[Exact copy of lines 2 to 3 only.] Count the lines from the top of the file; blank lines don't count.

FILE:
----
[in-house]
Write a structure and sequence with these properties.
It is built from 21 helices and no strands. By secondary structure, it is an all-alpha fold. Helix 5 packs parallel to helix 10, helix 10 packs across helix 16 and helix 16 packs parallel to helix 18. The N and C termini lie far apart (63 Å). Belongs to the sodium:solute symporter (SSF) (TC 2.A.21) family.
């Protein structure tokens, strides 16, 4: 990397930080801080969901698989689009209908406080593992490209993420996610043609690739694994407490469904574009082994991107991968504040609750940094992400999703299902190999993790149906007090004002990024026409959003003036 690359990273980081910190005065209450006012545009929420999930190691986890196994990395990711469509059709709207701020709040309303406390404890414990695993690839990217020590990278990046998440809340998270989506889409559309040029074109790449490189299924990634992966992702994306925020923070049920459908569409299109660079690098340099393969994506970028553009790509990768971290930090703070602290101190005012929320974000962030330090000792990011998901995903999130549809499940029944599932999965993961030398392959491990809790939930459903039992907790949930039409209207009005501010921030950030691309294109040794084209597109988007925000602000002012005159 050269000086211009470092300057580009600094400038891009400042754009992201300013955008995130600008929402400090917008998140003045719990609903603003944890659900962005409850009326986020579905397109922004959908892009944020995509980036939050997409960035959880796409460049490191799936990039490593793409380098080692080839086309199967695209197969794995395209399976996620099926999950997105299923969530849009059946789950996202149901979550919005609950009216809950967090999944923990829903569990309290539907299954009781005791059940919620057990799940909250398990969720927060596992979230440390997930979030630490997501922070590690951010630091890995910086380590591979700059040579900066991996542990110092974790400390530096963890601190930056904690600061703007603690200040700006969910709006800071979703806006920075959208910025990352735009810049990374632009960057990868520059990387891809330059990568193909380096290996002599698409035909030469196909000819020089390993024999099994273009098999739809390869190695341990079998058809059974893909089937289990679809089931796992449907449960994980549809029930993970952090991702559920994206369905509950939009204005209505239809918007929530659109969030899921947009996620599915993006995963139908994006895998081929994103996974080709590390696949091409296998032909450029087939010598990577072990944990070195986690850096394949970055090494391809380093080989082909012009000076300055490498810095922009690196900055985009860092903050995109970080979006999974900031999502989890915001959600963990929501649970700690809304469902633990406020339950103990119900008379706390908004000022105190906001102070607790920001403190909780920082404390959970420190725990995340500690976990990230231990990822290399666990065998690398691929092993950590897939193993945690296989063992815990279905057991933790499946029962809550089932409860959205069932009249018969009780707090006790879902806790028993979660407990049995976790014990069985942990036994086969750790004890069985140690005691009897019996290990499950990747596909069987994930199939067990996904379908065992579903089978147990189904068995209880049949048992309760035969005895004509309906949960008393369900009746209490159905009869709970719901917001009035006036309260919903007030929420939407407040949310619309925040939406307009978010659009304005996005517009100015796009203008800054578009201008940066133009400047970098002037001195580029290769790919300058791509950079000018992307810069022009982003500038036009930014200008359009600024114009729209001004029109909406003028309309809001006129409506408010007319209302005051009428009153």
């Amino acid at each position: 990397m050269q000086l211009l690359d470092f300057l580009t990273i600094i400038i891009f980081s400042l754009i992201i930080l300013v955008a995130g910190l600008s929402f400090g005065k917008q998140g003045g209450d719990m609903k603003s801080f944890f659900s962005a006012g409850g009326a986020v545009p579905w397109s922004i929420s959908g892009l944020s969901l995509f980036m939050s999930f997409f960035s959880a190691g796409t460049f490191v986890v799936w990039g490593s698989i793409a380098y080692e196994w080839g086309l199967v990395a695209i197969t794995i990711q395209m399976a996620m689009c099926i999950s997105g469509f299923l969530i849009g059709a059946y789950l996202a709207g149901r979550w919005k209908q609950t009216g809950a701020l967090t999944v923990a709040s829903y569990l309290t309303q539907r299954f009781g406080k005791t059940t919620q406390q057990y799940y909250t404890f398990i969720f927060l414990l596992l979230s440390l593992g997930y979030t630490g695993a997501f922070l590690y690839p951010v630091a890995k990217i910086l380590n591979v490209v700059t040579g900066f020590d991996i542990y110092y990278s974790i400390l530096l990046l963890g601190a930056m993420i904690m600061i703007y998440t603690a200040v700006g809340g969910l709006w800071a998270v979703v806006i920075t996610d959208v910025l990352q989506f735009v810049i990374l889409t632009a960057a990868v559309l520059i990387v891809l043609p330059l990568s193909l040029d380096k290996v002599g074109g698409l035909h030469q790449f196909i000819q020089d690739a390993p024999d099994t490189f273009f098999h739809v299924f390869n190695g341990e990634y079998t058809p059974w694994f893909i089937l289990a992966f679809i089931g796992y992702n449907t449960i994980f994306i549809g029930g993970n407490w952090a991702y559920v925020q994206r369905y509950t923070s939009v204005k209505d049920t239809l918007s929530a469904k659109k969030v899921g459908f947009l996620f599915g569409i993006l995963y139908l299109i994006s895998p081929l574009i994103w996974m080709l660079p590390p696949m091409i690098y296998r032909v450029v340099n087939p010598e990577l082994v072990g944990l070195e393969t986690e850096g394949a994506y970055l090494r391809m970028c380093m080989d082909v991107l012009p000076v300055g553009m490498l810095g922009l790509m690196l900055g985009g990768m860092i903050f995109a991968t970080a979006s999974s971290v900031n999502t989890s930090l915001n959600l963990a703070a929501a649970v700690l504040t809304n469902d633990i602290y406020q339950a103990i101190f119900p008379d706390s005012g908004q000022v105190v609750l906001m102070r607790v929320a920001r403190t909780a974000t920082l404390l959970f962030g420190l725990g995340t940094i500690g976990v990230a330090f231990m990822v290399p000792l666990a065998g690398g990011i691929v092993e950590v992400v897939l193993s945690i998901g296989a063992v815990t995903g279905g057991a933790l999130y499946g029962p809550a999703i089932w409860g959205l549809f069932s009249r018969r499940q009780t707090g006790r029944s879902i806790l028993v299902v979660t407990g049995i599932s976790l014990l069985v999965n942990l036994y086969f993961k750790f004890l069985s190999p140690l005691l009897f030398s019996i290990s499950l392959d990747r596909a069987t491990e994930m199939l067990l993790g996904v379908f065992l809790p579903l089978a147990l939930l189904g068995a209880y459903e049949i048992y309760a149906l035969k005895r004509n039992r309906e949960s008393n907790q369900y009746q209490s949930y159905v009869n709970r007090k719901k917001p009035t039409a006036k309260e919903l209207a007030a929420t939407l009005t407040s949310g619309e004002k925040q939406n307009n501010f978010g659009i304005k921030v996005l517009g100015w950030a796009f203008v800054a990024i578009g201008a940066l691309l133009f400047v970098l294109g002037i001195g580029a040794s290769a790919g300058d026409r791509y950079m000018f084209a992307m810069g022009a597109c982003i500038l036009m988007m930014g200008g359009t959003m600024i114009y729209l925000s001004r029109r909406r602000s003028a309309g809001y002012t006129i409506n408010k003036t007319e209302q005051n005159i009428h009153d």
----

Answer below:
Write a structure and sequence with these properties.
It is built from 21 helices and no strands. By secondary structure, it is an all-alpha fold. Helix 5 packs parallel to helix 10, helix 10 packs across helix 16 and helix 16 packs parallel to helix 18. The N and C termini lie far apart (63 Å). Belongs to the sodium:solute symporter (SSF) (TC 2.A.21) family.